February 22nd: Galileo’s Plea to Return to Tuscany

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365DaysDate:  February 22, 2009

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Podcaster:  Mark Thompson

Description:  Although Galileo had achieved success in his career as a professor and inventor and had cultivated many important friendships among the most influential patricians of Venice, he longed to return to his beloved and beautiful Florence.  When Prince Cosimo became Grand Duke of Tuscany in February, 1609, Galileo redoubled his efforts for patronage, but did not promote himself publicly.  Rather he communicated his intentions discreetly to three confidants whose influence with the Grand Duke, he supposed, might yield the desired result.  Following this brief explanation, the podcast will consist of “Galileo’s” oral recitation of a letter to one of these confidants, which actually took place 400 years ago in February.

Links:  Galileo 1610

Bio:  Mark Thompson, a professional cantor and amateur astronomer, has appeared as Galileo on radio, at community theatres and libraries, public schools, colleges and universities throughout the country. He has performed as Galileo for civic organizations, astronomy association conventions, marketing and outreach programs as well as private events and parties since 1996.

Today’s Sponsor:  This episode of “365 Days of Astronomy” is sponsored by the Warren Astronomical Society, one of Michigan’s premier amateur astronomy groups.  Attend a great presentation or enjoy the sky at an observatory open house – visit warrenastro.org for a schedule and more information.

Transcript:

Remember from our previous podcast, that the year 1609 did not begin particularly well for Galileo.  He was not only suffering from a recurrence of rheumatoid arthritis, but his foray into astrology at the behest of the Grand Duchess Christina at the Tuscan court was an abysmal failure.   From his analysis of a horoscope, Galileo had predicted the Grand Duke Ferdinand would recover from a serious illness but twenty-two days later the head of the Medici family in Florence was dead.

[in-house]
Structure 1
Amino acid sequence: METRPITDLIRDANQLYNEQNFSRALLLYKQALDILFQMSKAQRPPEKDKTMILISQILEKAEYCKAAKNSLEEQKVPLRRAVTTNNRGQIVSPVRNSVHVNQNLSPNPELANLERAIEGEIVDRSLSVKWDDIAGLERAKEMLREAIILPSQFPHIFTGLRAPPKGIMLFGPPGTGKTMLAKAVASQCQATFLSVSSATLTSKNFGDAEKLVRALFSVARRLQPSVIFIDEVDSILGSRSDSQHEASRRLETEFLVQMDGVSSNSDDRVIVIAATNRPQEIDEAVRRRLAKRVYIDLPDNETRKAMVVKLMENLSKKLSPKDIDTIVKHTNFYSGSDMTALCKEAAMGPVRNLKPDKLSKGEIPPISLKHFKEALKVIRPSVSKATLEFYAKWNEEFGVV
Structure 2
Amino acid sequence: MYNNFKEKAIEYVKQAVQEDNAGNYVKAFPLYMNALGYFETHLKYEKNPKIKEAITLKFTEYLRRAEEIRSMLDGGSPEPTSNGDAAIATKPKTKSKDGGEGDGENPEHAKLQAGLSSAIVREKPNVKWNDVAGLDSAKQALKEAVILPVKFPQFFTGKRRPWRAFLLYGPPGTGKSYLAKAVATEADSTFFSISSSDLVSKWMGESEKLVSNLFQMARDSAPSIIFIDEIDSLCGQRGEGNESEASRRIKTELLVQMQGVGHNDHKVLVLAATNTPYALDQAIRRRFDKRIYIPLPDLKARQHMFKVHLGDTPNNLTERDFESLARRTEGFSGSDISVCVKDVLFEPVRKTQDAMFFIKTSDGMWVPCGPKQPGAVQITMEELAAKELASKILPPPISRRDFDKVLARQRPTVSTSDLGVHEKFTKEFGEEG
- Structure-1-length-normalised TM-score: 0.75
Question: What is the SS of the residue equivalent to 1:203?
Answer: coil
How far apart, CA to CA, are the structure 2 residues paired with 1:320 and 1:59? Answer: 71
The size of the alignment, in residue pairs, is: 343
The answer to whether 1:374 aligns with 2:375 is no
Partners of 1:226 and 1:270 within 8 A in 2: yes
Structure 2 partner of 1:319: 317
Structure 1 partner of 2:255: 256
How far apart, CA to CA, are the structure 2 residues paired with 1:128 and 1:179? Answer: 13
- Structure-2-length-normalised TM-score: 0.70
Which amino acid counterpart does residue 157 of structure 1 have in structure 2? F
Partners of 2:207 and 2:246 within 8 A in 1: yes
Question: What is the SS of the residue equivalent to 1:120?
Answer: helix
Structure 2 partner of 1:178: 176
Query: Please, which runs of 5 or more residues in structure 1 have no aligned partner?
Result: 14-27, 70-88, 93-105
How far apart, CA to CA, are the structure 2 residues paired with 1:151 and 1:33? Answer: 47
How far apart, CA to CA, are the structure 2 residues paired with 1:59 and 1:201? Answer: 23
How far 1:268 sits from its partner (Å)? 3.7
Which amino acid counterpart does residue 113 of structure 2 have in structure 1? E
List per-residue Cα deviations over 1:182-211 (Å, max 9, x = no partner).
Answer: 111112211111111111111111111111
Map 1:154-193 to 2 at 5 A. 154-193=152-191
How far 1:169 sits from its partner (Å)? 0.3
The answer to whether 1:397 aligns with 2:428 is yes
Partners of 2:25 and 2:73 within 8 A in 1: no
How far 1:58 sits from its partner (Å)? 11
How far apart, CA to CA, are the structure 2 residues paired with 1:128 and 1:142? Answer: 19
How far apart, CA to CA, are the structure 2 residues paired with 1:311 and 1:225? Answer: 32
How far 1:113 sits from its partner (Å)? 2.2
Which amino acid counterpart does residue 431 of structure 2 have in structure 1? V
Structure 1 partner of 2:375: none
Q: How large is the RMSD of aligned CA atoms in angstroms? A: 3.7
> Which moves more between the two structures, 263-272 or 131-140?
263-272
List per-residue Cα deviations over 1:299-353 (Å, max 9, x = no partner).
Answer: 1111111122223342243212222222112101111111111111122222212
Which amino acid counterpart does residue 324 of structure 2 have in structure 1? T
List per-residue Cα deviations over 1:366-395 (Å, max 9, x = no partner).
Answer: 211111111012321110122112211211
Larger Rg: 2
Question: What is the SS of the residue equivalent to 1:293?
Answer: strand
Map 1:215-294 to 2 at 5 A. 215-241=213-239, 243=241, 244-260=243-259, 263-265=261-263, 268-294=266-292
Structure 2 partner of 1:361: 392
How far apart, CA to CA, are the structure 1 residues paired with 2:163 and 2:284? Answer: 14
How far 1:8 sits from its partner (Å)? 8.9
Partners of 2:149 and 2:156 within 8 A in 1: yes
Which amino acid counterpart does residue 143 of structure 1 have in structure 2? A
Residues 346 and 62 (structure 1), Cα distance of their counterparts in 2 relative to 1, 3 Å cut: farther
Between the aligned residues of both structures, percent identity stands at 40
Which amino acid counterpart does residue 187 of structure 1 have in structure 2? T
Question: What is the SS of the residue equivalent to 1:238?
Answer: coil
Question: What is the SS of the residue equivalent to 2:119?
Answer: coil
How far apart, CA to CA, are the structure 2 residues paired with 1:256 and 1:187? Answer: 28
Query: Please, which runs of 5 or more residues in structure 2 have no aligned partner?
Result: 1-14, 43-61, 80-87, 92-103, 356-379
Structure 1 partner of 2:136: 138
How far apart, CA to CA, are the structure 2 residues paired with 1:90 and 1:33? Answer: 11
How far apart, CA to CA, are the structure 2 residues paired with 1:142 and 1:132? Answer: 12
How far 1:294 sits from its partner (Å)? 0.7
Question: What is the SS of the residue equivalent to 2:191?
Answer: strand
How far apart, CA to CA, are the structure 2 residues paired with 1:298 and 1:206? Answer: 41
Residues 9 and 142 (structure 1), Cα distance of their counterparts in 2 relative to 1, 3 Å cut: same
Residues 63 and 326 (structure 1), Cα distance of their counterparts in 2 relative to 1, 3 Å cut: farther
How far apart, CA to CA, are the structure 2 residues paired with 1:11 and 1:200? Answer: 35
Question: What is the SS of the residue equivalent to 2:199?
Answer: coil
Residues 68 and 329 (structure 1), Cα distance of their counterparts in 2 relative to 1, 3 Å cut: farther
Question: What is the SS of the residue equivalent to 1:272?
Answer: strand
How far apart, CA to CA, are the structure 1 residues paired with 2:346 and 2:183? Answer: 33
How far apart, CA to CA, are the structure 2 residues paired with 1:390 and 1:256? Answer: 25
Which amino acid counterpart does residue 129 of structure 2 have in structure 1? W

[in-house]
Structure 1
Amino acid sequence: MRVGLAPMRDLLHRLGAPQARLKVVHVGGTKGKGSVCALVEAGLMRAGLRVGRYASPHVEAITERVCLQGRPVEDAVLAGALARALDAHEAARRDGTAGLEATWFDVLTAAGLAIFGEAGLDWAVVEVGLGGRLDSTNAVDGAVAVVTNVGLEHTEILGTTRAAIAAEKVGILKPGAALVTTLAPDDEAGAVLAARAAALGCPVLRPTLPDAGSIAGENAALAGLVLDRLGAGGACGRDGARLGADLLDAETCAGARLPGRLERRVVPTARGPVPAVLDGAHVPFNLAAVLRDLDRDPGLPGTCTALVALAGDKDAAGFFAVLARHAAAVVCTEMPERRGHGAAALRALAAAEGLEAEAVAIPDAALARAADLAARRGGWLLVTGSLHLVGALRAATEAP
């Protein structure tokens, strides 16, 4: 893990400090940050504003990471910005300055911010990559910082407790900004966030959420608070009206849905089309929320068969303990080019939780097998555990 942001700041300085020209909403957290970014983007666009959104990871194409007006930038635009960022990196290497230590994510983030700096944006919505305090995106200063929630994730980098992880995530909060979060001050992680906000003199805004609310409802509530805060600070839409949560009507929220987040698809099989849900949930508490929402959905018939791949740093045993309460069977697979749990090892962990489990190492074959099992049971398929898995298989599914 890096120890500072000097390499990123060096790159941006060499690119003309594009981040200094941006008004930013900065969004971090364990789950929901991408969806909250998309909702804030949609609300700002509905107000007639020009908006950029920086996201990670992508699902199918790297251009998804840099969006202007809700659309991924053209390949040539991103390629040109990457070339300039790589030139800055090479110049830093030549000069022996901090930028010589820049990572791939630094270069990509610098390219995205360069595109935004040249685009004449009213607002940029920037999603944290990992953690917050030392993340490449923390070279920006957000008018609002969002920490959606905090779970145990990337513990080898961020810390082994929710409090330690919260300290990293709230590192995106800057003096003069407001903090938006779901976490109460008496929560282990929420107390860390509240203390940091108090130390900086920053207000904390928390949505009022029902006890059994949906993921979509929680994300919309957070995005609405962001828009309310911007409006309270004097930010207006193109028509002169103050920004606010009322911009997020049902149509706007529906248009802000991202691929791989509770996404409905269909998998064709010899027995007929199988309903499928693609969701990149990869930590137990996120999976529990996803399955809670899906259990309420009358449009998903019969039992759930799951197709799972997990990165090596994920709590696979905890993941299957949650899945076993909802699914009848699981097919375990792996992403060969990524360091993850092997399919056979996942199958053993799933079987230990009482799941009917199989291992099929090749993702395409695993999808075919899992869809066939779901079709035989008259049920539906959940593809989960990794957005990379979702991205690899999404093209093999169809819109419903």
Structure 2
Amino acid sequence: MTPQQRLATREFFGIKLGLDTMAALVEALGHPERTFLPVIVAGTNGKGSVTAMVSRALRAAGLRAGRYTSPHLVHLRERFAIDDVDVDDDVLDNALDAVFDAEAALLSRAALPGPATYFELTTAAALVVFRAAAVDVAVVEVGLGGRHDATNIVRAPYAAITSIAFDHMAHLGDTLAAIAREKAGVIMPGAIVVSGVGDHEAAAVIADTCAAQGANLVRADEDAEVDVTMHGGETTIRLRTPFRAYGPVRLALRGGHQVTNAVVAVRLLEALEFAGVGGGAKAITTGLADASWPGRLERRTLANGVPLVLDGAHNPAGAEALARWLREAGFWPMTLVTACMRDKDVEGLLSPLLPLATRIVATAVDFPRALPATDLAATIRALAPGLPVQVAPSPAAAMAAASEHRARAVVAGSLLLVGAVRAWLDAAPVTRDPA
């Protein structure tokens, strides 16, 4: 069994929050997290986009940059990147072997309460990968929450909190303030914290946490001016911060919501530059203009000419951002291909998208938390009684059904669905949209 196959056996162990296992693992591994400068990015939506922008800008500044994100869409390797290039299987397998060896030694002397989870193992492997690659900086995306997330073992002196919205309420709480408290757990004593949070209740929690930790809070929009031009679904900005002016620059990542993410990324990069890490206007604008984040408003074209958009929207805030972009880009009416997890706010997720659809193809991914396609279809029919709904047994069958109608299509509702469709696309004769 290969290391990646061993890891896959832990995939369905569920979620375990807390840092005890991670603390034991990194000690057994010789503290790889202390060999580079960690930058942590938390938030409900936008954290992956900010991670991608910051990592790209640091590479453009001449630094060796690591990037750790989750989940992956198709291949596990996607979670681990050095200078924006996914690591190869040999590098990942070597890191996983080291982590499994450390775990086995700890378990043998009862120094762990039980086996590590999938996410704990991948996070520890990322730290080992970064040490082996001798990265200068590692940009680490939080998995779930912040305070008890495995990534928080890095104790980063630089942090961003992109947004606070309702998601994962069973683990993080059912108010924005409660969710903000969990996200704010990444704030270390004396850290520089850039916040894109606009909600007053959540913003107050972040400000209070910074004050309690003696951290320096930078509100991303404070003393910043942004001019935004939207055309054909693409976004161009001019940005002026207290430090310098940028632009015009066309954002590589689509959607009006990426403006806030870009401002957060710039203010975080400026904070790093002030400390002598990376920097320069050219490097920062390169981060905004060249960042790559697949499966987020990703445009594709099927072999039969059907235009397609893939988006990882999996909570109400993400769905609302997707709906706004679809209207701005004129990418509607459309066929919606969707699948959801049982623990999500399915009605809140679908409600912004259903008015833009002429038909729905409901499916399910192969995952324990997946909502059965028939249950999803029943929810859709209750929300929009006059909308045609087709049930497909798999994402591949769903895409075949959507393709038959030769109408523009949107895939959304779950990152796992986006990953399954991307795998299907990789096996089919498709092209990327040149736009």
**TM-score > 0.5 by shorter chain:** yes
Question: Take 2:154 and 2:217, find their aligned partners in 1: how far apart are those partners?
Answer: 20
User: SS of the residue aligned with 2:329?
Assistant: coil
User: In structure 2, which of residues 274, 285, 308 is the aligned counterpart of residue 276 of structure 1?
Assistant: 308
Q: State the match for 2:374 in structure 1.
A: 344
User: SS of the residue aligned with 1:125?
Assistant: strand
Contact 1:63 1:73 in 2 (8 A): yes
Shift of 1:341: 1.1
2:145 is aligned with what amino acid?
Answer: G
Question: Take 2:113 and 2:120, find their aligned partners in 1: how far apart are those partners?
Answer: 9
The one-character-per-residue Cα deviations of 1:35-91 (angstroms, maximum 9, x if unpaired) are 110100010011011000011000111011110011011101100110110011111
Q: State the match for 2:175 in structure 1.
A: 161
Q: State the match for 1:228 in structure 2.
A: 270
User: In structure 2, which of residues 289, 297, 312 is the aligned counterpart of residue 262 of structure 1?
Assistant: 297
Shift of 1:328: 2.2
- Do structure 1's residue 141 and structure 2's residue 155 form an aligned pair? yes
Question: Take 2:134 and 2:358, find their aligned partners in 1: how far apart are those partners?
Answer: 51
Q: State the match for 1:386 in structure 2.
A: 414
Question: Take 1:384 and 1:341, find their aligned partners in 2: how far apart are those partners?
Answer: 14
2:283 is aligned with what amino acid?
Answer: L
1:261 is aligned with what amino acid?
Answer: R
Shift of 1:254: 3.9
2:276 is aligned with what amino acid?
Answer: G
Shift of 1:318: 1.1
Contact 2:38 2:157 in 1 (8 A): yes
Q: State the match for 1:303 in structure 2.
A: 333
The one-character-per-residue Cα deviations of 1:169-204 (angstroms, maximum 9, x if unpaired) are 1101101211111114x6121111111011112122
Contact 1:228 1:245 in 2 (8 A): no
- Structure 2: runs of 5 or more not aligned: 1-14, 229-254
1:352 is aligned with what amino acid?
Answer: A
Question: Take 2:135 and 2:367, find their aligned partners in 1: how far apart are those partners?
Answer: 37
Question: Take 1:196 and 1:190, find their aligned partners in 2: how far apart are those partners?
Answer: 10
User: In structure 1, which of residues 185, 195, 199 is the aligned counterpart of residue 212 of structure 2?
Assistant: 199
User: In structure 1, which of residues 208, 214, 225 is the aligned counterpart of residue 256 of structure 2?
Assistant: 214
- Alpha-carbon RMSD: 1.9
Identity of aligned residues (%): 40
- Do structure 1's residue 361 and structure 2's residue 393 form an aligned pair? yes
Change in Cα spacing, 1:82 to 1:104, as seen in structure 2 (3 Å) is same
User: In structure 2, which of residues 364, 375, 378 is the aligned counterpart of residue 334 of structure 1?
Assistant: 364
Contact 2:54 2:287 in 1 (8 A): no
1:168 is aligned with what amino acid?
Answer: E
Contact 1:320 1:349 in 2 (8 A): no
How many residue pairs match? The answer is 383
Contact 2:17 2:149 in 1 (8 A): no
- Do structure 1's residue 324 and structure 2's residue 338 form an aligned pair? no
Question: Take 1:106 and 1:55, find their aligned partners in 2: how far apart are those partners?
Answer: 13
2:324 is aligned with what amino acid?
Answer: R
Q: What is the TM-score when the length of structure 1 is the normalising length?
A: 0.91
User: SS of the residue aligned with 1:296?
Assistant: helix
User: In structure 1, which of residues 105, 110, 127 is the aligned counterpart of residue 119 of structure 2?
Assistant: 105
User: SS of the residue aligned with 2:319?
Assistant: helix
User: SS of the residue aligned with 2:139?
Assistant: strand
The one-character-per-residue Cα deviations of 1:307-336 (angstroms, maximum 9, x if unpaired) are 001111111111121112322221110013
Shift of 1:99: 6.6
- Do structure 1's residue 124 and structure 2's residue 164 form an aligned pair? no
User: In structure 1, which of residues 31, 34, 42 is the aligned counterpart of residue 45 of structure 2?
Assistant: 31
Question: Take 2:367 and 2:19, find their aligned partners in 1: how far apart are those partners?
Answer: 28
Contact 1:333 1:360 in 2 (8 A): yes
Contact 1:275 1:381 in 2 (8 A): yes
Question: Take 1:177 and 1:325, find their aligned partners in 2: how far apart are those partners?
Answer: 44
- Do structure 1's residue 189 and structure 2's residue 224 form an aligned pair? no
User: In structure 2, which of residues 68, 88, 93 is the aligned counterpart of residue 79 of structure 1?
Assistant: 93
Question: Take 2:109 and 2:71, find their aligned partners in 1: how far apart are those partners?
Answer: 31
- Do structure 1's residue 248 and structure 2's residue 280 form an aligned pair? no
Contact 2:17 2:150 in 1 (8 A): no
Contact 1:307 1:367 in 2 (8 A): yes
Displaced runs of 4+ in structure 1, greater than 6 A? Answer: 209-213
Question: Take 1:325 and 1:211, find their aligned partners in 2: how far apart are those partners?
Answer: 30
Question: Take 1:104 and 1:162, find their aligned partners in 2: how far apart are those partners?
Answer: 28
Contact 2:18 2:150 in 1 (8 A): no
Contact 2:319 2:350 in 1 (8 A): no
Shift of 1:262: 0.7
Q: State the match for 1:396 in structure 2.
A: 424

We will never know if Galileo suffered a blow to his prestige as a result of this miscalculation.  But if he did, certainly it was short-lived.   From time immemorial in the world of high-level politics and patronage, the death of leader always presents an opportunity for the talented opportunist to advance his own station and prestige, and as an aspiring worldly courtier, Galileo Galilei was no exception.   The reigns of power now lay in the hands of the young prince Cosimo, whom Galileo had tutored for several summers and to whom Galileo had provided instruction on fortifications and the use of his military compass.

There can be no denying that at this point in his life Galileo was ready for a major change.  Now, at age forty-five, having fathered three children with a woman, Marina Gamba, whom he never married, stuck in a dead-end low-paying job as a mathematics professor at the University of Padua, Galileo was debt-ridden and burned-out.   For years he had sought a way to gain patronage from the Medici family in Florence, so he could return to his ancestral home with security.   His predicament could not be stated in a more poignant or desperate fashion than in this letter which he wrote early in 1609 to a gentleman in Florence, probably a power broker in the Tuscan court whom he addressed as “Vespuccio” in this prolific run-on sentence:

“If his Highness, with his courtesy and humanity which distinguish him above all other men, would deign to take me under his service, thereby rendering me satisfied beyond overflowing, I would say without hesitation that having now labored for twenty years, and these the best years of my life, in dealing out, so to speak in retail, to all who choose to ask, that small portion of talent, which through God and my own labor, I have gained in my profession, my desire would be to possess so much rest and leisure as to be able to conclude three great works which I have in hand, and to publish them before I die.  This might possibly bring some credit to me, and also to those who had favored my undertaking…”